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Tuesday, October 18, 2005

The Baker Plan to Eliminate Private Drug Development


Personally, I'm very sympathetic to the Baker plan to have the government get more involved the later stages of drug development. Progressive economist Dean Baker wants the government to start funding clinical trials and develop drugs that would then be released into the public domain. Although the government spends a lot on pharmaceutical research now, they mainly fund basic research and leave the private sector to take the drugs to market. I'd be happy to throw in a billion dollars of taxpayer money to fund Baker's plan.

I think that eventually, it would probably succeed well enough to justify spending 10 or 20 billion a year. But Baker seems keen to go whole hog, and eliminate private drug research and patents as soon as possible. And that scares me.

Patents have worked tremendously well for hundreds of years. The track record of Baker's system is what exactly? That it would probably succeed just isn't good enough to justify anything more than evolutionary change. The stakes are, after all, life and death. And keep in mind that the promised payoff from the Baker plan is a few hundred bucks a year per person.

And it's easy to think of reasons to be cautious about the Baker plan for eliminating all private drug research. The Christian right is currently fighting the "morning after" pill and even a vaccine that prevents cervical cancer, because they believe both will encourage sexual activity among women. If government were the only institution funding drug development, religious fundamentalists would have a much easier time killing drugs they don't like.

Similarly, if Baker or Marcia Angell were in charge, I'd imagine they'd stop research into the "me too" drugs they're constantly criticizing. Which might leave us with drugs like Vioxx (which causes heart attacks) and not the "me too" alternative Celebrex, which doesn't seem to have the same problems.

So, in the end, I think Baker has a good idea, but he tries to make it sound as radical as possible. Consequently his plan sounds a whole lot worse than it would if he were actually trying to pitch his idea and convince people. I really don't understand what Baker's game is here.
 

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Monday, October 17, 2005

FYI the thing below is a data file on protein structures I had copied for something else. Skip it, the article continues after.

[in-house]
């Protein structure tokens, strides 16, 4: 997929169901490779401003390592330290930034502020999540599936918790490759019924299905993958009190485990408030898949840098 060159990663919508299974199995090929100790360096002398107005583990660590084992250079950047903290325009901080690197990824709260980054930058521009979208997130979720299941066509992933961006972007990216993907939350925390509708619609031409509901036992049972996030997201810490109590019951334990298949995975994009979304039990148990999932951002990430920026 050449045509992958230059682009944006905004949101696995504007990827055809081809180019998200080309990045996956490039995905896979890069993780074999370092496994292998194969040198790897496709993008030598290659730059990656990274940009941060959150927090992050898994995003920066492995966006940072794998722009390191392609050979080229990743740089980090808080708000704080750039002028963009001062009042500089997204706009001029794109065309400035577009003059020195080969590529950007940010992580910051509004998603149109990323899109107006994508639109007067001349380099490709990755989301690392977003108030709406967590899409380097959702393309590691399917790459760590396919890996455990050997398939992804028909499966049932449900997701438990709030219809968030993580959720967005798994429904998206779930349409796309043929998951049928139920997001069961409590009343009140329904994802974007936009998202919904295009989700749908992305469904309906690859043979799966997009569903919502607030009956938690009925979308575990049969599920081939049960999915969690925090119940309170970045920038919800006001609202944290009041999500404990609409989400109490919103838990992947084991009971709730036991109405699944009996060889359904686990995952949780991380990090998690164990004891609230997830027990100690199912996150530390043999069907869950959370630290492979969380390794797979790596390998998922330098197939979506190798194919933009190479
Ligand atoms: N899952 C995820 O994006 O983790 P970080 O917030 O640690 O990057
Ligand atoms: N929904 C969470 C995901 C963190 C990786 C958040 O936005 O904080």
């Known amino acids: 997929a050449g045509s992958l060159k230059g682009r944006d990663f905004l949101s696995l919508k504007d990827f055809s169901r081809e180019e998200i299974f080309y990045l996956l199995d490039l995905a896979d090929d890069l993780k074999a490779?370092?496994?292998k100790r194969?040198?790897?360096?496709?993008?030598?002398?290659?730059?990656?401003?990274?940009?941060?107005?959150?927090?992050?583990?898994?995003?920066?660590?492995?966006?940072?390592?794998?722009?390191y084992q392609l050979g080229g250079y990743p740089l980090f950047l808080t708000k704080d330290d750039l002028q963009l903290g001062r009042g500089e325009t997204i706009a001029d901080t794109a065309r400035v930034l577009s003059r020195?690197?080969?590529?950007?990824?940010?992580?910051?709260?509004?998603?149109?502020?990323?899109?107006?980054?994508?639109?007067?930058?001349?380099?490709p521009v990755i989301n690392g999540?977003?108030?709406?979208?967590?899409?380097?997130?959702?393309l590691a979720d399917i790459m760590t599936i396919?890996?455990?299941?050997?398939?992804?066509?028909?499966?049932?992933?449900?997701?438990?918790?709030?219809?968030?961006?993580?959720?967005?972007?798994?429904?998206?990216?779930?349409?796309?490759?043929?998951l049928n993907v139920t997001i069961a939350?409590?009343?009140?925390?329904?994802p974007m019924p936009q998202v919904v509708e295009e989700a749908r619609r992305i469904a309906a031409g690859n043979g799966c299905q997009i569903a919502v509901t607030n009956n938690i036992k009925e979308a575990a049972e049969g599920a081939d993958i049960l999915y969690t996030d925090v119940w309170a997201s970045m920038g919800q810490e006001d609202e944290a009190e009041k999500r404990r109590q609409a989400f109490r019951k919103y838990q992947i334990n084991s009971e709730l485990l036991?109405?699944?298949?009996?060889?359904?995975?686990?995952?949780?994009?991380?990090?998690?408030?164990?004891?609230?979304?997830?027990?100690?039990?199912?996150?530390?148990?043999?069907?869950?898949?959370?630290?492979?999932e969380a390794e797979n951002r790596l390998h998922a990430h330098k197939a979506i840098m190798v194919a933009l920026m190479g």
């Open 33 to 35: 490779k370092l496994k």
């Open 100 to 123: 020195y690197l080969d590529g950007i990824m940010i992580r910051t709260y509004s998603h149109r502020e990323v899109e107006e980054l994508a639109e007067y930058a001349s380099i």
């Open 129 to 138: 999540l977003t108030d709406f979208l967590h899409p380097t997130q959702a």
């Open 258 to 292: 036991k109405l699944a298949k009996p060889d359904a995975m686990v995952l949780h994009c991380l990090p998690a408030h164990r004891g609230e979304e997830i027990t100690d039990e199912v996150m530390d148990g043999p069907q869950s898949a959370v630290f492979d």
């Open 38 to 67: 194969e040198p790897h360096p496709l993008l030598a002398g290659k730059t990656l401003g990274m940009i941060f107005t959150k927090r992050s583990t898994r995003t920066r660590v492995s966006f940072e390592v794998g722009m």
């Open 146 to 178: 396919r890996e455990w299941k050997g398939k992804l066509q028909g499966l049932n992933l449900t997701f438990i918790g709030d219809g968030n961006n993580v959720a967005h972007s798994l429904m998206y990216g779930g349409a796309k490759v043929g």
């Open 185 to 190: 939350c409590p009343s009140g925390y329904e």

Reforming Drug Research: First Do No Harm


Presswatching economist Dean Baker has an interesting post over at MaxSpeak, proposing that the government take over financing all drug research. Baker points out that the government already provides most funds for basic research. He thinks the feds could also do at least as good a job as the private pharmaceutical companies that currently fund drug development with the support of profit-raising patents:
Why shouldn't we believe that if we doubled [federal drug research spending], to replace the $25 billion that the drug industry claims to spend on drug research (two-thirds of which goes to research copycat drugs) that we would end up with at least as good progress in developing drugs as what we have at present?
It seems to me the current system works awfully well at producing lots of amazing new drugs. I think we ought to place a high priority on not messing up a good thing. "First, do no harm," as doctors like to say.

So why not start "small" at, say, a billion dollars a year? That would be enough to start developing at least a dozen new drugs, a few of which would eventually prove beneficial. If it looks like we're getting somewhere, we can up the funding in a few years. But it's crazy to start by eliminating patents, which I think is what Baker has in mind. Certainly that's his long-term goal, and he places great emphasis on the evils of patents in his writing.

Really, there's no choice but to start small. To put Baker's idea into action, we'd have to set up a nonprofit or a new government agency, and let them try their hand at picking drugs and running drug trials to test for safety and efficacy. I don't know of any existing institution (other than the drug companies) that can do this.

Baker and lefty Congressman Dennis Kucinich suggest that the NIH and universities could replace the pharmaceutical companies. But drug development is mostly a hard, unglamorous slog. It's not the kind of thing academic researchers want to do. And it involves a large administrativeapparatuss to recruit thousands of patients into drug trials and collect data. Again, the NIH and Universities just aren't set up to do this kind of thing.

So there's no way to start spending $25 billion a year tomorrow, or even in the next decade. We'd have to build entirely new institutions.

So instead of trying to score rhetorical points by proposing to turn the existing system upside down, why try something modest? There will be plenty of political points to be scored when something so obviously reasonable is killed by the right and the drug companies.
 

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